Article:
As a result of these trends, solar is edging closer to — or has already achieved and even surpassed — price parity with conventional energy in many parts of the world.
Solar’s Value Proposition Today
The value proposition for the solar power and water plant combination comes down to energy costs. According to a U.S. Environmental Protection Agency (EPA) guide to solar for water utilities, wastewater treatment represents about 3 percent of the nation’s energy consumption, with more than $4 billion spent annually for the energy needed to run those utilities. As a controllable operating expenditure, energy use is a sweet spot for cost reduction.
Dozens of water utilities and districts across the United States have embraced the cost-saving benefits of solar power over the past few years. Commissioned installations include the 7.5 MW solar power plant at the Lake Pleasant water treatment plant in Phoenix; a pair of solar systems operating for the Rancho California Water District; the E.M. Johnson plant in Raleigh, N.C.; and a ground-mounted array at the Gresham, Ore., wastewater facility. In each case, the customer expects to offset a sizeable percentage of its annual power usage, enjoy millions of dollars in energy savings over the lifetime of the system and significantly reduce its carbon footprint.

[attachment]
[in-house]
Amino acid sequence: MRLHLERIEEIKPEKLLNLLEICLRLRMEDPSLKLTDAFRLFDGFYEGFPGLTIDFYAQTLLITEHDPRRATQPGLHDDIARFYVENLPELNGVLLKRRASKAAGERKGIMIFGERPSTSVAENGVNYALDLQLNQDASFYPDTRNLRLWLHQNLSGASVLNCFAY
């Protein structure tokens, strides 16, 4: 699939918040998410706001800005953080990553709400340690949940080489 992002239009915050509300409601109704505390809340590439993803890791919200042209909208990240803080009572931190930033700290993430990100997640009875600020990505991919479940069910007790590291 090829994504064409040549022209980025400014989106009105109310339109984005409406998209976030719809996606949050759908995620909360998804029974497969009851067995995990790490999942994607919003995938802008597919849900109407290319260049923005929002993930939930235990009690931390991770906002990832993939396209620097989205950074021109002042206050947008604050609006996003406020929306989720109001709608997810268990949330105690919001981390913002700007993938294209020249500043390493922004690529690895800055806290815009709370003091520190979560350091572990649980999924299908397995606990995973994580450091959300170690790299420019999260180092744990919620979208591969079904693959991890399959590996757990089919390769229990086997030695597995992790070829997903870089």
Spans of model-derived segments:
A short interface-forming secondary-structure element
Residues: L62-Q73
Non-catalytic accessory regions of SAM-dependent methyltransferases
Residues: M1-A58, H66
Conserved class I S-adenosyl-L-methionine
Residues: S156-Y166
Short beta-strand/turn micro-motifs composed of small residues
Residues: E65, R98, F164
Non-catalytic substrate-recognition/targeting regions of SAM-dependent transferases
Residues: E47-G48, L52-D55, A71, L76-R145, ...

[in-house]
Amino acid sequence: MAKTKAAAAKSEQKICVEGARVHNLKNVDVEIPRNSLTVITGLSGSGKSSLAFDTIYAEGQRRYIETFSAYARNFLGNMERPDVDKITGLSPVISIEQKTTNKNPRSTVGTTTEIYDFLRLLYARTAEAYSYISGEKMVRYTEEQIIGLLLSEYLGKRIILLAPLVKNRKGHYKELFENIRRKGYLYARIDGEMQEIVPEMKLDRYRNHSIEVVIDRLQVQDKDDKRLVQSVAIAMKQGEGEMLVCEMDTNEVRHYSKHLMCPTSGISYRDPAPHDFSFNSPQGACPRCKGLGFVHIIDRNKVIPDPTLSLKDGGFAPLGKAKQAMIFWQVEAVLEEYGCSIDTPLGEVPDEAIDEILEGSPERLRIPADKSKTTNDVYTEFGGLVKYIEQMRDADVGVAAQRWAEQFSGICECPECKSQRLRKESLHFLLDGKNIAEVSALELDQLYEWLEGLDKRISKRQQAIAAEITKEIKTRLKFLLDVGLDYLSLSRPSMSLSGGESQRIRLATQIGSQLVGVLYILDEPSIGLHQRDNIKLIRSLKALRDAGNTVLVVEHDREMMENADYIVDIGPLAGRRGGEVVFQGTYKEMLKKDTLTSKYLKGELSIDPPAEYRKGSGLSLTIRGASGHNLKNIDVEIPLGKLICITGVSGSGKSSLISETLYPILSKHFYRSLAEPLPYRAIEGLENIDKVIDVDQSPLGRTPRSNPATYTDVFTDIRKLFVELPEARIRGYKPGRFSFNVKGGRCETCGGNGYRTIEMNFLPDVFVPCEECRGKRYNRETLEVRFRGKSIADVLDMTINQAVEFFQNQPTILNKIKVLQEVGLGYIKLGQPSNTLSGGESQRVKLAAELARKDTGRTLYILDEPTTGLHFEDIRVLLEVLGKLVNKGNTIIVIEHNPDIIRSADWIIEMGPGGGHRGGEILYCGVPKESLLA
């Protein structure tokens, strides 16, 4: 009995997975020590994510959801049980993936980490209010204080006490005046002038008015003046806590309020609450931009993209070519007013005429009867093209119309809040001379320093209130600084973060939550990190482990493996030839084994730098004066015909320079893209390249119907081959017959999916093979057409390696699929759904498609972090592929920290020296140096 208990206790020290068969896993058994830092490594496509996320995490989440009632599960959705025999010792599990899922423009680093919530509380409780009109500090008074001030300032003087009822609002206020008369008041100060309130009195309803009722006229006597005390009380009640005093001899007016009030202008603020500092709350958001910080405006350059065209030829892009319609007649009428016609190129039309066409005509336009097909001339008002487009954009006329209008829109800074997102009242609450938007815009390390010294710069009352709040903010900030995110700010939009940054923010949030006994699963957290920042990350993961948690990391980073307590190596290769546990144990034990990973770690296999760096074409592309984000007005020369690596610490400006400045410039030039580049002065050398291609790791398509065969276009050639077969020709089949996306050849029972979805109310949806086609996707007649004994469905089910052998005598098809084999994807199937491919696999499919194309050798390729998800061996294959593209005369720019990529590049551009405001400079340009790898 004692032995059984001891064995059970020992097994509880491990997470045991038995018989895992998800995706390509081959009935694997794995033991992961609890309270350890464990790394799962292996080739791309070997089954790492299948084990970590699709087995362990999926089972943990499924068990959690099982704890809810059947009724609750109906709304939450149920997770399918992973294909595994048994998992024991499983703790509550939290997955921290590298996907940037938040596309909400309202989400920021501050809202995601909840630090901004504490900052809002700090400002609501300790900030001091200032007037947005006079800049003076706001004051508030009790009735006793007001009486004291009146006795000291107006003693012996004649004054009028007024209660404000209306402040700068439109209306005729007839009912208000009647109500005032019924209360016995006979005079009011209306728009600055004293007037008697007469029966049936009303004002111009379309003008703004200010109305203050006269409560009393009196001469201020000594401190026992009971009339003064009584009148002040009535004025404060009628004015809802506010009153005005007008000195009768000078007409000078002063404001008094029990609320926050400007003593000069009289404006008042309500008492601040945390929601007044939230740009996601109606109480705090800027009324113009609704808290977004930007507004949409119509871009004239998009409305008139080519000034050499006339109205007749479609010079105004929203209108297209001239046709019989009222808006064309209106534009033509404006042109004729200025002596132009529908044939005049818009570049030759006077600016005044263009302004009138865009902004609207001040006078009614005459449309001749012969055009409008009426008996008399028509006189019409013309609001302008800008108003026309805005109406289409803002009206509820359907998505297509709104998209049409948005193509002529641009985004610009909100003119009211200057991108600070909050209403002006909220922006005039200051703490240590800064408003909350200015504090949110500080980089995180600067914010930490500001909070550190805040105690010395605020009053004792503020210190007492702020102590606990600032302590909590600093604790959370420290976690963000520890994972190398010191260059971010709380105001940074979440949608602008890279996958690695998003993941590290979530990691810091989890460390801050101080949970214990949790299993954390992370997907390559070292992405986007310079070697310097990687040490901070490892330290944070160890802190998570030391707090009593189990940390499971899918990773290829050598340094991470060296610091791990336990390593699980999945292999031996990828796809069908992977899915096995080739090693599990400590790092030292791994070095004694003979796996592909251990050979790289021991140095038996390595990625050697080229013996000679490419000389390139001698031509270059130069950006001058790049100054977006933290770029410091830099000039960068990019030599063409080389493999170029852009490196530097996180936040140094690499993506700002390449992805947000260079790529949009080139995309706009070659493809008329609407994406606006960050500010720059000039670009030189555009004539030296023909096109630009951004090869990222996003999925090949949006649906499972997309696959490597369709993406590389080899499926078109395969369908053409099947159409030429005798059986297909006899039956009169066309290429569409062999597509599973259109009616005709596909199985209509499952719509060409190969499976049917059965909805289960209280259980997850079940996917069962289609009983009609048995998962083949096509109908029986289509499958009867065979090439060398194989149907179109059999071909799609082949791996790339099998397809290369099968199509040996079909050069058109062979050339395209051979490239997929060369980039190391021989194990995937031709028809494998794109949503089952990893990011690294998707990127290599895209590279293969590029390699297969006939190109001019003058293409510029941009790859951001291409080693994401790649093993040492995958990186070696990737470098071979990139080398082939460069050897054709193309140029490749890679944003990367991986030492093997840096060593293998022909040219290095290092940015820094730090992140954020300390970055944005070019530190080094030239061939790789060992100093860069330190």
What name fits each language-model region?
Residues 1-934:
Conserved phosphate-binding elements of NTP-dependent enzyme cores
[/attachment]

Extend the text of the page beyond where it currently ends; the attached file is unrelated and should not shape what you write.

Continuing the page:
No Upfront Cost Solar Financing Methods
The most popular financing approach used by water treatment plants adopting solar is the third-party solar power purchase agreement (solar PPA). Usually stipulated for a period of 15 to 25 years, a solar PPA represents a long-term agreement between a water utility customer and an energy developer to provide electricity generated by a solar power plant at guaranteed long-term rates. As part of the arrangement, the developer offers design, financing, maintenance and related support of the solar system.